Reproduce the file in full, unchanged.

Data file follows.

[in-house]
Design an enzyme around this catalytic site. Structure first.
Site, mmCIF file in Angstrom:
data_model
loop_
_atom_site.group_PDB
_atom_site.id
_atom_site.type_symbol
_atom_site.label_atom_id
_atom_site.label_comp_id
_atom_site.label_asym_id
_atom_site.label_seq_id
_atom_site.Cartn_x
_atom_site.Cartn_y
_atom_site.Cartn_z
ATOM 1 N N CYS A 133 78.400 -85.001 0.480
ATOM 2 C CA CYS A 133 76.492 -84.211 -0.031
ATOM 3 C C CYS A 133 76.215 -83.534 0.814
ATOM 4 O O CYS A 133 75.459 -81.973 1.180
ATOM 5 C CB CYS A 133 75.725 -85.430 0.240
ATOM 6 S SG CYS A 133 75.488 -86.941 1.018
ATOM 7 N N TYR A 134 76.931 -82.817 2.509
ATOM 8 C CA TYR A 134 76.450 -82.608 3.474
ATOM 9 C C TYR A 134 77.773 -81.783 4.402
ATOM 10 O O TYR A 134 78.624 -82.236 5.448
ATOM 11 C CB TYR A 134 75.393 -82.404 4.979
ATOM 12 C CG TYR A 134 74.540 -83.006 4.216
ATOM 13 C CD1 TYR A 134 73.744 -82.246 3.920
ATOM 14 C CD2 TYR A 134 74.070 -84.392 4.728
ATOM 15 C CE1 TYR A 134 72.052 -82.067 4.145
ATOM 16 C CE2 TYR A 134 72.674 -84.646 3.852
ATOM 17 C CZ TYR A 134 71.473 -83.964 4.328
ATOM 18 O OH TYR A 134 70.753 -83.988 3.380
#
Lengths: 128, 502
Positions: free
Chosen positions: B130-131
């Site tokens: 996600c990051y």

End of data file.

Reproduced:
[in-house]
Design an enzyme around this catalytic site. Structure first.
Site, mmCIF file in Angstrom:
data_model
loop_
_atom_site.group_PDB
_atom_site.id
_atom_site.type_symbol
_atom_site.label_atom_id
_atom_site.label_comp_id
_atom_site.label_asym_id
_atom_site.label_seq_id
_atom_site.Cartn_x
_atom_site.Cartn_y
_atom_site.Cartn_z
ATOM 1 N N CYS A 133 78.400 -85.001 0.480
ATOM 2 C CA CYS A 133 76.492 -84.211 -0.031
ATOM 3 C C CYS A 133 76.215 -83.534 0.814
ATOM 4 O O CYS A 133 75.459 -81.973 1.180
ATOM 5 C CB CYS A 133 75.725 -85.430 0.240
ATOM 6 S SG CYS A 133 75.488 -86.941 1.018
ATOM 7 N N TYR A 134 76.931 -82.817 2.509
ATOM 8 C CA TYR A 134 76.450 -82.608 3.474
ATOM 9 C C TYR A 134 77.773 -81.783 4.402
ATOM 10 O O TYR A 134 78.624 -82.236 5.448
ATOM 11 C CB TYR A 134 75.393 -82.404 4.979
ATOM 12 C CG TYR A 134 74.540 -83.006 4.216
ATOM 13 C CD1 TYR A 134 73.744 -82.246 3.920
ATOM 14 C CD2 TYR A 134 74.070 -84.392 4.728
ATOM 15 C CE1 TYR A 134 72.052 -82.067 4.145
ATOM 16 C CE2 TYR A 134 72.674 -84.646 3.852
ATOM 17 C CZ TYR A 134 71.473 -83.964 4.328
ATOM 18 O OH TYR A 134 70.753 -83.988 3.380
#
Lengths: 128, 502
Positions: free
Chosen positions: B130-131
């Site tokens: 996600c990051y």